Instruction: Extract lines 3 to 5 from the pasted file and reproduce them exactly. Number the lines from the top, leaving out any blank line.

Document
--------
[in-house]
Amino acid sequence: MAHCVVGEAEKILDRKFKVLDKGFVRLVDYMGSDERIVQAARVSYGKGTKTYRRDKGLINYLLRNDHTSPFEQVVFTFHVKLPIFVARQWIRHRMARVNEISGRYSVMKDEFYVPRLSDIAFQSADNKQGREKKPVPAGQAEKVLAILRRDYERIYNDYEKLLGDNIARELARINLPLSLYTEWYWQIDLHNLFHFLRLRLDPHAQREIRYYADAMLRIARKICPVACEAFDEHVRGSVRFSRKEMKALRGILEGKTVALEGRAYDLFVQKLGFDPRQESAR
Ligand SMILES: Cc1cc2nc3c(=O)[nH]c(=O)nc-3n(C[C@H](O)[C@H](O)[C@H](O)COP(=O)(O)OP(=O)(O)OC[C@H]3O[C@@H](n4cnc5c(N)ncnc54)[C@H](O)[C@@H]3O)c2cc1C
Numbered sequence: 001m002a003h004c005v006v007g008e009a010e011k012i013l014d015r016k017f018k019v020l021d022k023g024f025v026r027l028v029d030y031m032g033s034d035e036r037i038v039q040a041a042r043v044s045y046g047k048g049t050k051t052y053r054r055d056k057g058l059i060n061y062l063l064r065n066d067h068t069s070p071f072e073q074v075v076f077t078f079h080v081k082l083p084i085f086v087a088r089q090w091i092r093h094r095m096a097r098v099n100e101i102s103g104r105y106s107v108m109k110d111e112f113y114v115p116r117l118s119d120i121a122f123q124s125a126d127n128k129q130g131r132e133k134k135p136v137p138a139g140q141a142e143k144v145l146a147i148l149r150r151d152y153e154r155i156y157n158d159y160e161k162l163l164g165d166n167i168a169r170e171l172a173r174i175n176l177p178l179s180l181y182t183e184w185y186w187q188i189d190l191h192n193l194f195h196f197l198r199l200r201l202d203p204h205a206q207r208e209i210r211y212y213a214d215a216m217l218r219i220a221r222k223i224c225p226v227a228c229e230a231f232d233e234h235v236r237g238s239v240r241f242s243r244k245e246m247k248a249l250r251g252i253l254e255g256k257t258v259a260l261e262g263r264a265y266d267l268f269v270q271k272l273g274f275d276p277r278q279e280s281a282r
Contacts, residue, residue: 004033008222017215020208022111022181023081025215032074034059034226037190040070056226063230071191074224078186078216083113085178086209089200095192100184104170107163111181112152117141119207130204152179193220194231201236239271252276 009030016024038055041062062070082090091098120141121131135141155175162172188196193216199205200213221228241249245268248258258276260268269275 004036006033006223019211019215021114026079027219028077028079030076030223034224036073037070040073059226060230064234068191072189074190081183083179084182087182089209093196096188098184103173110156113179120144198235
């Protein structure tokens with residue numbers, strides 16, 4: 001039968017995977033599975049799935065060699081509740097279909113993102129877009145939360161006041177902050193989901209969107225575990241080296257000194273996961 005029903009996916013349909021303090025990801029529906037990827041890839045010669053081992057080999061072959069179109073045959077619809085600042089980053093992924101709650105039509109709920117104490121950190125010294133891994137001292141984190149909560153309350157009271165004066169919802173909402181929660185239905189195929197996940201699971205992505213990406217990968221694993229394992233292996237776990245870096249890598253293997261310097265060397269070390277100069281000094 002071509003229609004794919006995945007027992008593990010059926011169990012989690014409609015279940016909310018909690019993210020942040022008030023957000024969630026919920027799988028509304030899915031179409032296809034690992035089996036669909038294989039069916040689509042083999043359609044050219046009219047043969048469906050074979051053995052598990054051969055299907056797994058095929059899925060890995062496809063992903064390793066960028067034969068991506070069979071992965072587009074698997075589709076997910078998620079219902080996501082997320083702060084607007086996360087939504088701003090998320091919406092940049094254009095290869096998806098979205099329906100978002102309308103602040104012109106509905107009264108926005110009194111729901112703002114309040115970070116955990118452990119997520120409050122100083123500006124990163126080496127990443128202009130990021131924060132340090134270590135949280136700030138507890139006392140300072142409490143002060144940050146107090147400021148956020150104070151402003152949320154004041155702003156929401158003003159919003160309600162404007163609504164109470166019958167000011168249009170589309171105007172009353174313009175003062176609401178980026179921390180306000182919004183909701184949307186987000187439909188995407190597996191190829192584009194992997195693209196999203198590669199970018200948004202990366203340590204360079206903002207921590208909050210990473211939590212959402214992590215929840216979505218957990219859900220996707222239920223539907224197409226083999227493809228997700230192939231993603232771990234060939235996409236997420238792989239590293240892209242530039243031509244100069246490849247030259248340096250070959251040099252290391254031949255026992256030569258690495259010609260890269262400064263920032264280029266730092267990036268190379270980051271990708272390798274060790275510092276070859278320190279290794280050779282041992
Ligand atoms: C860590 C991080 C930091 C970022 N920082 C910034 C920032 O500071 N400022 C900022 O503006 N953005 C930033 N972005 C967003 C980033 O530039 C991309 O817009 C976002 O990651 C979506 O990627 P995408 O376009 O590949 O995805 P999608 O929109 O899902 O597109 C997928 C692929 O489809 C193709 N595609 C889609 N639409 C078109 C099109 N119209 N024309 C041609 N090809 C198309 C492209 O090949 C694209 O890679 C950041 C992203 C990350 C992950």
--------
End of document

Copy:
Ligand SMILES: Cc1cc2nc3c(=O)[nH]c(=O)nc-3n(C[C@H](O)[C@H](O)[C@H](O)COP(=O)(O)OP(=O)(O)OC[C@H]3O[C@@H](n4cnc5c(N)ncnc54)[C@H](O)[C@@H]3O)c2cc1C
Numbered sequence: 001m002a003h004c005v006v007g008e009a010e011k012i013l014d015r016k017f018k019v020l021d022k023g024f025v026r027l028v029d030y031m032g033s034d035e036r037i038v039q040a041a042r043v044s045y046g047k048g049t050k051t052y053r054r055d056k057g058l059i060n061y062l063l064r065n066d067h068t069s070p071f072e073q074v075v076f077t078f079h080v081k082l083p084i085f086v087a088r089q090w091i092r093h094r095m096a097r098v099n100e101i102s103g104r105y106s107v108m109k110d111e112f113y114v115p116r117l118s119d120i121a122f123q124s125a126d127n128k129q130g131r132e133k134k135p136v137p138a139g140q141a142e143k144v145l146a147i148l149r150r151d152y153e154r155i156y157n158d159y160e161k162l163l164g165d166n167i168a169r170e171l172a173r174i175n176l177p178l179s180l181y182t183e184w185y186w187q188i189d190l191h192n193l194f195h196f197l198r199l200r201l202d203p204h205a206q207r208e209i210r211y212y213a214d215a216m217l218r219i220a221r222k223i224c225p226v227a228c229e230a231f232d233e234h235v236r237g238s239v240r241f242s243r244k245e246m247k248a249l250r251g252i253l254e255g256k257t258v259a260l261e262g263r264a265y266d267l268f269v270q271k272l273g274f275d276p277r278q279e280s281a282r
Contacts, residue, residue: 004033008222017215020208022111022181023081025215032074034059034226037190040070056226063230071191074224078186078216083113085178086209089200095192100184104170107163111181112152117141119207130204152179193220194231201236239271252276 009030016024038055041062062070082090091098120141121131135141155175162172188196193216199205200213221228241249245268248258258276260268269275 004036006033006223019211019215021114026079027219028077028079030076030223034224036073037070040073059226060230064234068191072189074190081183083179084182087182089209093196096188098184103173110156113179120144198235